2. Strengthen minimum privacy requirements. Companies need to limit what they record about people that is ephemeral to their actual service, and not share it with other companies without explicit approval (that isn't buried in some arcane Terms of Service).
  3. Decentralize. While this isn't a government thing entirely, nor should it be mandated,  having a best-practices document and easy how-tos to ensure you don't have all of your online presence stuck in a company's monolithic service umbrella, and that some things are explicitly separated so as to ensure that collusion of several companies and the government (I'm looking at you, AT&T) are required to perform clandestine domestic spying.
Third, we need to strike at the things that inhibit technical progress:
  1. Overhaul the Copyright office. Restore expiration terms to their original values, making considerations for increased lifespans of the creators. Set up iron-clad fair use examples and put the onus of responsibility on the creator to show at least some infringement before issuing take-downs. Make bad take-downs cost you (e.g., a Copyright version of SLAPP).
  2. Overhaul the Patent offices. Require Software Patent Bonds, monies put in by big corporations when applying for patents, that get paid out to finders when said approved patents are later found to have prior art–don't make the system perversely set up to make it so that creators want to not look at the set of other patents to avoid the triple penalty for possible infringement (if someone finds out). Clean the house of bad patents and figure out how better to interoperate with international patents.
  3. Fix the state of anti-logic/anti-science education. It's impossible to get things done when you're not operating with people even remotely attempting to be rational actors.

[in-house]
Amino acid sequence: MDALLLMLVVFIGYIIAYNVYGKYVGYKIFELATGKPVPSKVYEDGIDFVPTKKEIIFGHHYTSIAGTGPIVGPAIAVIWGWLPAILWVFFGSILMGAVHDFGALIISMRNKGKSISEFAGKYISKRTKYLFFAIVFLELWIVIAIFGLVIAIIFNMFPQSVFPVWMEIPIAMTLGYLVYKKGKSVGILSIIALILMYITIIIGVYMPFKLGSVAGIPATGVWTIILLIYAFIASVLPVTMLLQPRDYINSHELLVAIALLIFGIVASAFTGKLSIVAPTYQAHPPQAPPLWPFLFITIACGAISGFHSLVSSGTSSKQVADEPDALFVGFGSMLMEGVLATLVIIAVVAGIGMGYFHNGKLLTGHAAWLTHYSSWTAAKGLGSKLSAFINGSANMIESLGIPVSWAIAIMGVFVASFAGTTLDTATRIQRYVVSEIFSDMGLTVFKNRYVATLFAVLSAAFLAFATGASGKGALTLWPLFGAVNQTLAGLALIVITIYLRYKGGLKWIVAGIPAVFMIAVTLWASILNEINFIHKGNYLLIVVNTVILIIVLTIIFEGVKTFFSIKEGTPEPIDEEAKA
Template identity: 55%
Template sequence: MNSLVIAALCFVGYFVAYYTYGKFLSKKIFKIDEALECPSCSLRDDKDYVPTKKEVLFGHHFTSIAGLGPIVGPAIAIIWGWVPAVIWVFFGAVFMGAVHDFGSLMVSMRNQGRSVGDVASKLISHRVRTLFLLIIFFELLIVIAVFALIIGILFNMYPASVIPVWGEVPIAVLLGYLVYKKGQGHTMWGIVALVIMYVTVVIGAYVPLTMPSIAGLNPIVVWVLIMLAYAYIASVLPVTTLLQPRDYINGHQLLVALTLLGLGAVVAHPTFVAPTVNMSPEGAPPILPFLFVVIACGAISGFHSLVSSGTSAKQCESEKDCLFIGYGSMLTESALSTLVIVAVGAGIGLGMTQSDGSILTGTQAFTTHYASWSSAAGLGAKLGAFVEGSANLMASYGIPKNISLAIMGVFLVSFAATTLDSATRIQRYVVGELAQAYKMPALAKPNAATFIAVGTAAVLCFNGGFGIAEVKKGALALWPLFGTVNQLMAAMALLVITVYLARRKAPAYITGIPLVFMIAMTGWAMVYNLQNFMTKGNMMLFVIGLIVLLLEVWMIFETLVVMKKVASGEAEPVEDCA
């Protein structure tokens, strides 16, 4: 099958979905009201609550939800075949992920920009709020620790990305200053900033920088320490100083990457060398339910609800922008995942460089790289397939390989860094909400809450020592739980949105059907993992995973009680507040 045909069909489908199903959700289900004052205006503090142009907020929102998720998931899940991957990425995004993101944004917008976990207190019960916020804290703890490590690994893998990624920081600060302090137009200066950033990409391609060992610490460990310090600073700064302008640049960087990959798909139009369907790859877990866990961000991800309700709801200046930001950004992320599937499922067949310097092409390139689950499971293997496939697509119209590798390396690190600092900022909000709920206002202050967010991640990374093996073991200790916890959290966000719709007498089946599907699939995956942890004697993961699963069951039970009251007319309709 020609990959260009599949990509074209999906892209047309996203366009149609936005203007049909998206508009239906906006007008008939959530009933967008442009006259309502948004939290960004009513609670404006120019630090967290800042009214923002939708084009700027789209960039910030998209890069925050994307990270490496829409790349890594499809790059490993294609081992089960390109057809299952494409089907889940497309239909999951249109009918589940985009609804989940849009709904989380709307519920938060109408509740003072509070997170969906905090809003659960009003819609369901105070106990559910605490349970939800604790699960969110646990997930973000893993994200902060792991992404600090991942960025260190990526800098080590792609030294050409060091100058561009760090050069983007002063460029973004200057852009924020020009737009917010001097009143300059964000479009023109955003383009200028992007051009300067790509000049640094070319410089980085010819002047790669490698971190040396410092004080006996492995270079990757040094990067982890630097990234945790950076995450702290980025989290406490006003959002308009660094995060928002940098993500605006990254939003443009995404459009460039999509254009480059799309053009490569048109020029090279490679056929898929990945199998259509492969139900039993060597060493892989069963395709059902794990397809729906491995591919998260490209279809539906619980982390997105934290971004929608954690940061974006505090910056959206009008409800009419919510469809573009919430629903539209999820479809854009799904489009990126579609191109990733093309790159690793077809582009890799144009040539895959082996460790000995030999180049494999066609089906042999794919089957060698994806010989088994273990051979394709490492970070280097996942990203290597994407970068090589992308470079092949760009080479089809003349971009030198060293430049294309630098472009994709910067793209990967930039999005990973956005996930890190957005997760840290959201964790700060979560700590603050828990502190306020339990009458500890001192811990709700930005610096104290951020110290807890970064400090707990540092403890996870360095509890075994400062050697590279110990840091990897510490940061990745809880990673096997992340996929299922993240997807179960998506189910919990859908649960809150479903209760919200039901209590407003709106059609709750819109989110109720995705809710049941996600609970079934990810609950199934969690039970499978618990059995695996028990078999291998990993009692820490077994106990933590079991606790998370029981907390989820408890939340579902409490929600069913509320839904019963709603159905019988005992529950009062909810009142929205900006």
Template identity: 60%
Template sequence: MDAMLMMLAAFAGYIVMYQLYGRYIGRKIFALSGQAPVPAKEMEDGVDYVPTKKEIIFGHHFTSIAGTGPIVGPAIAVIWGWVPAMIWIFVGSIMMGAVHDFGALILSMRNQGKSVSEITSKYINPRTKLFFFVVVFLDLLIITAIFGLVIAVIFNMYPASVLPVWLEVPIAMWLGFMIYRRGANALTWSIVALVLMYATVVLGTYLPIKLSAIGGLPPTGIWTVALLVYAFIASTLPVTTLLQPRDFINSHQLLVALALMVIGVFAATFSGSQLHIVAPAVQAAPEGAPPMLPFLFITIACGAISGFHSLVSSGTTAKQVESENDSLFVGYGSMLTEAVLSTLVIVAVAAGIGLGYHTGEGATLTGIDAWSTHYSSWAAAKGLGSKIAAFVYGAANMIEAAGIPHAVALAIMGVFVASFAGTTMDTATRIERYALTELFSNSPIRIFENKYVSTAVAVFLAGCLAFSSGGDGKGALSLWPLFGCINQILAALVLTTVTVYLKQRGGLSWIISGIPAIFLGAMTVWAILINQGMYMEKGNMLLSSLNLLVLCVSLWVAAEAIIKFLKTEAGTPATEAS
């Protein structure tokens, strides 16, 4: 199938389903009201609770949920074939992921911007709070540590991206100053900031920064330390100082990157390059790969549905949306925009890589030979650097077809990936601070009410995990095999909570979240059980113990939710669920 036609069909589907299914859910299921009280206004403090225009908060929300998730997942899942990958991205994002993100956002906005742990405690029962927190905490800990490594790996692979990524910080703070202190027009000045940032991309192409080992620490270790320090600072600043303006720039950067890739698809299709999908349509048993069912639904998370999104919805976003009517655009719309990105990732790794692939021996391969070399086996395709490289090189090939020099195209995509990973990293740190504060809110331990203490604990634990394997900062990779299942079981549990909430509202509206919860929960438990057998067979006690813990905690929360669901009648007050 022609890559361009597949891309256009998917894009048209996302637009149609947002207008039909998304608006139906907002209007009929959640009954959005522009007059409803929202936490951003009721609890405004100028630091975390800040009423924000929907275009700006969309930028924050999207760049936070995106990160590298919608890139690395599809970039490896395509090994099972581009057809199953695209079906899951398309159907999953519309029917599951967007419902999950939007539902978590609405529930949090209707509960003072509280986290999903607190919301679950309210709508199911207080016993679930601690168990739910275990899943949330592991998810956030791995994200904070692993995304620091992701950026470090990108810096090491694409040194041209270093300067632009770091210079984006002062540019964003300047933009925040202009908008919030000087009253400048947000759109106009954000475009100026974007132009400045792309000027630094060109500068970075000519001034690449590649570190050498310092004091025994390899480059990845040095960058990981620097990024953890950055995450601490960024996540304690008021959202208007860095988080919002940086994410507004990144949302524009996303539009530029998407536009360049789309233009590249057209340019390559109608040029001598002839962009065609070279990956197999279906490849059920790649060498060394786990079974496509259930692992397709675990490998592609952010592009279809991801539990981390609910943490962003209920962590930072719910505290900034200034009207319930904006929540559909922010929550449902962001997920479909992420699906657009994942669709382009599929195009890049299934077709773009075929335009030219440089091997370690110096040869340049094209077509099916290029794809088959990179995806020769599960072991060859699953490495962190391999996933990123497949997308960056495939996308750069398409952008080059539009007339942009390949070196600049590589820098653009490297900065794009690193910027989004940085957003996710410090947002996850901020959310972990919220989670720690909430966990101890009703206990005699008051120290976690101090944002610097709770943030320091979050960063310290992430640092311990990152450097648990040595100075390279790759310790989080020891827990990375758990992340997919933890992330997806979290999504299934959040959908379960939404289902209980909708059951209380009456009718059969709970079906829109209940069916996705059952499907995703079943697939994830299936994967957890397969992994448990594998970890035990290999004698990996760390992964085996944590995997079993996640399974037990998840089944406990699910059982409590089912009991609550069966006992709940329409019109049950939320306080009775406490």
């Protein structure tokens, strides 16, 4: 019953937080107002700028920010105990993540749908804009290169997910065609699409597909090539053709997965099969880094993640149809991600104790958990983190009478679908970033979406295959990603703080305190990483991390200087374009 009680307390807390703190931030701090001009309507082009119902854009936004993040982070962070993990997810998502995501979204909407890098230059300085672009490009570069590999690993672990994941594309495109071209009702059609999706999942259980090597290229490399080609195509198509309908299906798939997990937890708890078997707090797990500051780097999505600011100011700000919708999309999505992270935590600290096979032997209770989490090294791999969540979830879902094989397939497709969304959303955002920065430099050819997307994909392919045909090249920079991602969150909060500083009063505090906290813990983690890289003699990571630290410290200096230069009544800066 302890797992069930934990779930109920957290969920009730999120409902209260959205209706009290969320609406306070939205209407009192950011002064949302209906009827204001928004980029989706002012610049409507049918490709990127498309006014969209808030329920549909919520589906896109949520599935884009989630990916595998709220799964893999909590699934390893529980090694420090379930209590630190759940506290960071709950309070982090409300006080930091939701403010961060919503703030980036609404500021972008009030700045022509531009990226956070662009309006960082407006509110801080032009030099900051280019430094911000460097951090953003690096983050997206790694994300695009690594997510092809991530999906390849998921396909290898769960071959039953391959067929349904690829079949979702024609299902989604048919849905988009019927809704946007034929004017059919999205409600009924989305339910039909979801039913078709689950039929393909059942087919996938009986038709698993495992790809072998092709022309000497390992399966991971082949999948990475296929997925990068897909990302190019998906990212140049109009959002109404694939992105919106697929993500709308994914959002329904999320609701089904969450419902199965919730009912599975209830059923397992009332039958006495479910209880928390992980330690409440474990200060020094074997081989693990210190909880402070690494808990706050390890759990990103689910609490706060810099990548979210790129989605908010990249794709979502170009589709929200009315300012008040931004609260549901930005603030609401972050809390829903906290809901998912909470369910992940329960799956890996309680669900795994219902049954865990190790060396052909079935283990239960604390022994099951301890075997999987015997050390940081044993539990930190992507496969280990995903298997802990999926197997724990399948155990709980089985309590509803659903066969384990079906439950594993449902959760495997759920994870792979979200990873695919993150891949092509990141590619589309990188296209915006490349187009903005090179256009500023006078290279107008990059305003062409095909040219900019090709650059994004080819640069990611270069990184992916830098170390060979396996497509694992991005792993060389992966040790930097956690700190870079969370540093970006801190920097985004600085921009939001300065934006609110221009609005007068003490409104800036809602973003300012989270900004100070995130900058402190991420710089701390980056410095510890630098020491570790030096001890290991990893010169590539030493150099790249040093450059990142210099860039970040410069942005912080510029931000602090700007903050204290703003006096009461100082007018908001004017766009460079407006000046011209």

Then there's a swath of other things I would get at (healthcare, taxation), but I'll save that for another day.

The remaining question is who or what group(s) is/are best set up to provide a cohesive set of legislation to enact these things, and full logistics support to shepherd them through a narcissistic, divisive Congress? And how do we rally the Big Citizenry to support them? How do we start this avalanche?
1To some extent this is a good thing, so that rational thought and consideration drive change rather than instinct and reaction, to avoid the perverse and destructive tendencies of the latter two (e.g., post-911 security theater), not to mention the cost of vacillation when the needle swings back the other way. I just think the knob has been adjusted too far.
2Even the operating system vendors have finally gotten on the bandwagon of not running blocking operations on the main/UI thread. Legislation should have deadlines for congresspeople to consume, understand, and hear back from their constituents, but it shouldn't require spinwaiting; the filibuster should not stall other legislation.
3Government or even corporate strongarming via data collection, aggregation and mining will always be possible. Making every internet service required to have some backdoor putatively for "organized crime" or more recently "the terrorists" just allows entities like the FBI/NSA/CIA/police to selectively target individuals or communities it takes issue with for harassment in the form of selective prosecution.